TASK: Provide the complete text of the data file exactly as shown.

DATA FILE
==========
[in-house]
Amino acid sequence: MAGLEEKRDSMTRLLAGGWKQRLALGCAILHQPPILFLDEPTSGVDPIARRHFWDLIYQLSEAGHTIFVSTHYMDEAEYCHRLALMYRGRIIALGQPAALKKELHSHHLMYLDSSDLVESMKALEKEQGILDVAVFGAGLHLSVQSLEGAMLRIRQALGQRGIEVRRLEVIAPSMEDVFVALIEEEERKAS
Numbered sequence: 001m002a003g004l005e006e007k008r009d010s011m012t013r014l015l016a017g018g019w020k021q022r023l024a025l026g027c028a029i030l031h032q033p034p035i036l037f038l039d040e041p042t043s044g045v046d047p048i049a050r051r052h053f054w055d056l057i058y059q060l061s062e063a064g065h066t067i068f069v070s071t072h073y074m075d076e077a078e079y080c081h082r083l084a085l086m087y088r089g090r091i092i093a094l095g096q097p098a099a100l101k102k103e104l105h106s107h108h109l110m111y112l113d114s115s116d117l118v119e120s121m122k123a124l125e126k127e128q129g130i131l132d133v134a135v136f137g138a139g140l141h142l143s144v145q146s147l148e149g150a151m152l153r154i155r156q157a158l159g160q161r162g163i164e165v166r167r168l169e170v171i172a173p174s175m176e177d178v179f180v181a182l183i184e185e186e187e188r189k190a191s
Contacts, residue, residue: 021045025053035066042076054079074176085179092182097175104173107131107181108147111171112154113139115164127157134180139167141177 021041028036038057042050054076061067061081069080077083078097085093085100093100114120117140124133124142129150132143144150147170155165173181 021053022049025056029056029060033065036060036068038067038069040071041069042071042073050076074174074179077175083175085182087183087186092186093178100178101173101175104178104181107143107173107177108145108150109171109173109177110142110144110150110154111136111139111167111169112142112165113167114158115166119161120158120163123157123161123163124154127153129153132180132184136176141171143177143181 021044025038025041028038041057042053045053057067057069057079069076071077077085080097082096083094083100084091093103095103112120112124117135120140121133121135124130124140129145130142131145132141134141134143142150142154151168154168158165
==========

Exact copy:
[in-house]
Amino acid sequence: MAGLEEKRDSMTRLLAGGWKQRLALGCAILHQPPILFLDEPTSGVDPIARRHFWDLIYQLSEAGHTIFVSTHYMDEAEYCHRLALMYRGRIIALGQPAALKKELHSHHLMYLDSSDLVESMKALEKEQGILDVAVFGAGLHLSVQSLEGAMLRIRQALGQRGIEVRRLEVIAPSMEDVFVALIEEEERKAS
Numbered sequence: 001m002a003g004l005e006e007k008r009d010s011m012t013r014l015l016a017g018g019w020k021q022r023l024a025l026g027c028a029i030l031h032q033p034p035i036l037f038l039d040e041p042t043s044g045v046d047p048i049a050r051r052h053f054w055d056l057i058y059q060l061s062e063a064g065h066t067i068f069v070s071t072h073y074m075d076e077a078e079y080c081h082r083l084a085l086m087y088r089g090r091i092i093a094l095g096q097p098a099a100l101k102k103e104l105h106s107h108h109l110m111y112l113d114s115s116d117l118v119e120s121m122k123a124l125e126k127e128q129g130i131l132d133v134a135v136f137g138a139g140l141h142l143s144v145q146s147l148e149g150a151m152l153r154i155r156q157a158l159g160q161r162g163i164e165v166r167r168l169e170v171i172a173p174s175m176e177d178v179f180v181a182l183i184e185e186e187e188r189k190a191s
Contacts, residue, residue: 021045025053035066042076054079074176085179092182097175104173107131107181108147111171112154113139115164127157134180139167141177 021041028036038057042050054076061067061081069080077083078097085093085100093100114120117140124133124142129150132143144150147170155165173181 021053022049025056029056029060033065036060036068038067038069040071041069042071042073050076074174074179077175083175085182087183087186092186093178100178101173101175104178104181107143107173107177108145108150109171109173109177110142110144110150110154111136111139111167111169112142112165113167114158115166119161120158120163123157123161123163124154127153129153132180132184136176141171143177143181 021044025038025041028038041057042053045053057067057069057079069076071077077085080097082096083094083100084091093103095103112120112124117135120140121133121135124130124140129145130142131145132141134141134143142150142154151168154168158165